Sunak’s corporate tax increase was cancelled in September 2022, reinstated in October 2022, and confirmed this week. It will take effect on April 1. Yet until Wednesday, businesses did not know what (if anything) would replace the super-deduction. The baseline assumption was that the UK would revert to the underlying (and ungenerous) system of writing down allowances. Wednesday’s full expensing announcement supersedes that, but there is still uncertainty about how the corporate tax system will treat investment when it expires.
Alongside these changes, the annual investment allowance (AIA)—which essentially allows full expensing of all plant and machinery up to a specified limit—has variously been set at £50,000; £100,000; £25,000; £250,000; £200,000; and £1m since 2010. It is now set at that highest level on a permanent basis, meaning that for 99 percent of businesses, full expensing is already a reality.
However, as Britain’s Office for Tax Simplification has pointed out, the roughly 4,000 companies that make qualifying investments in excess of £2m a year are responsible for more than 80 percent of all such expenditures. This means that the tax treatment of capital investment that falls outside the AIA is particularly important to Britain’s economic performance.
Analysis of the UK’s ‘Full Expensing’ Policy
The reforms to capital allowances announced this week would have a powerful impact on the incentive to invest in qualifying assets. This is because expensing effectively eliminates the tax on marginal investments. Under expensing, the tax value of a capital allowance (the cost of the investment times the tax rate) fully offsets expected tax payments on that asset’s returns (returns times the tax rate) in present value.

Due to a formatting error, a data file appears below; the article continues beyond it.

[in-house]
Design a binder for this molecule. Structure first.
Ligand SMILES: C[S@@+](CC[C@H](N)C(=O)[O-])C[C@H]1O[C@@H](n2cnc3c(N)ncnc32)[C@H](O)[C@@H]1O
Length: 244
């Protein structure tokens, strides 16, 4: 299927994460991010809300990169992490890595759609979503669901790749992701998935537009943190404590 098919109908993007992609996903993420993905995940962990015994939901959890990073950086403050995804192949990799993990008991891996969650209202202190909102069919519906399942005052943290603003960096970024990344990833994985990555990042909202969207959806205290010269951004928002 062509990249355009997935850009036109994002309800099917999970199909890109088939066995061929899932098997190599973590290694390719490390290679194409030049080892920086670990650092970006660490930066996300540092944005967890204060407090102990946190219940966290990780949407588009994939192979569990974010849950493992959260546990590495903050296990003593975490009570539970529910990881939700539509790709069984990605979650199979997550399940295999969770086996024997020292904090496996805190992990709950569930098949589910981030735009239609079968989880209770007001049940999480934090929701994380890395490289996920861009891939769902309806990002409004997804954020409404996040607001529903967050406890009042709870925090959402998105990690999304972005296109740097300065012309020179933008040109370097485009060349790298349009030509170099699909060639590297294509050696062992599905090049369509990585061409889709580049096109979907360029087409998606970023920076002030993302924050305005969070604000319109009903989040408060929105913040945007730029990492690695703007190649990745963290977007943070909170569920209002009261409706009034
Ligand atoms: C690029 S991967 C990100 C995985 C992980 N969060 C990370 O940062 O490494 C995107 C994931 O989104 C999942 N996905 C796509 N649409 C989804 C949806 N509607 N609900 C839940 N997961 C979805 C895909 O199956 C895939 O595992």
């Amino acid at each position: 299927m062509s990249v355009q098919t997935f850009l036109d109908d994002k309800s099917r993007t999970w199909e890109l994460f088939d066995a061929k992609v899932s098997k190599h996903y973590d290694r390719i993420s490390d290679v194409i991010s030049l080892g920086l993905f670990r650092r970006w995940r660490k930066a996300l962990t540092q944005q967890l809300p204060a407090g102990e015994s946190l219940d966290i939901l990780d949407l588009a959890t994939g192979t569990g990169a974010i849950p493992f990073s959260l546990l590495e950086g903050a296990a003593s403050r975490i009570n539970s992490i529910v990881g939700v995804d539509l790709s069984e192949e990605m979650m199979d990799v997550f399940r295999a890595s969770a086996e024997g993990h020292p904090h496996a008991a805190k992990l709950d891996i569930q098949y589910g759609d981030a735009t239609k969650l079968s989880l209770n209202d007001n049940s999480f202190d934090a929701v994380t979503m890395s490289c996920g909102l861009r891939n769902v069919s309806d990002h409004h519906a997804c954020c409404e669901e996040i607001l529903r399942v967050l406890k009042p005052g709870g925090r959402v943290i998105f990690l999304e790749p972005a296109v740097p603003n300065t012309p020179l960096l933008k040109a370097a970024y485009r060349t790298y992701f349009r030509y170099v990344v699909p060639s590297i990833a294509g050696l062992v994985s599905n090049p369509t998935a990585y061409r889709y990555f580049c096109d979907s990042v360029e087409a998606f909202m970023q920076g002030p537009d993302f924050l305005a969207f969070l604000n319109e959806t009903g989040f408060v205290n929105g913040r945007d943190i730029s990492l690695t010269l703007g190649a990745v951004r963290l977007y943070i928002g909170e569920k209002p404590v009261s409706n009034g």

Higher investment will eventually increase the size of the productive capital stock, which will translate into higher labor productivity, higher wages, and higher output. Table 1 shows that if expensing for new investments in plant and machinery were made permanent, the capital stock would be 1.5 percent larger, GDP would rise by 0.9 percent, and wages would be 0.8 percent higher.
The economic benefit of this reform is meaningful but limited for a couple of reasons. First, only a portion of plant and machinery qualifies for the full upfront deduction. Assets in the 6 percent pool only receive a 50 percent upfront deduction. Second, the proposal excludes structures, which make up more than half of the UK’s nonfinancial corporate capital stock. If expensing were extended to all assets, the UK’s capital stock would grow by 5.7 percent and output would rise by as much as 3.4 percent in the long run.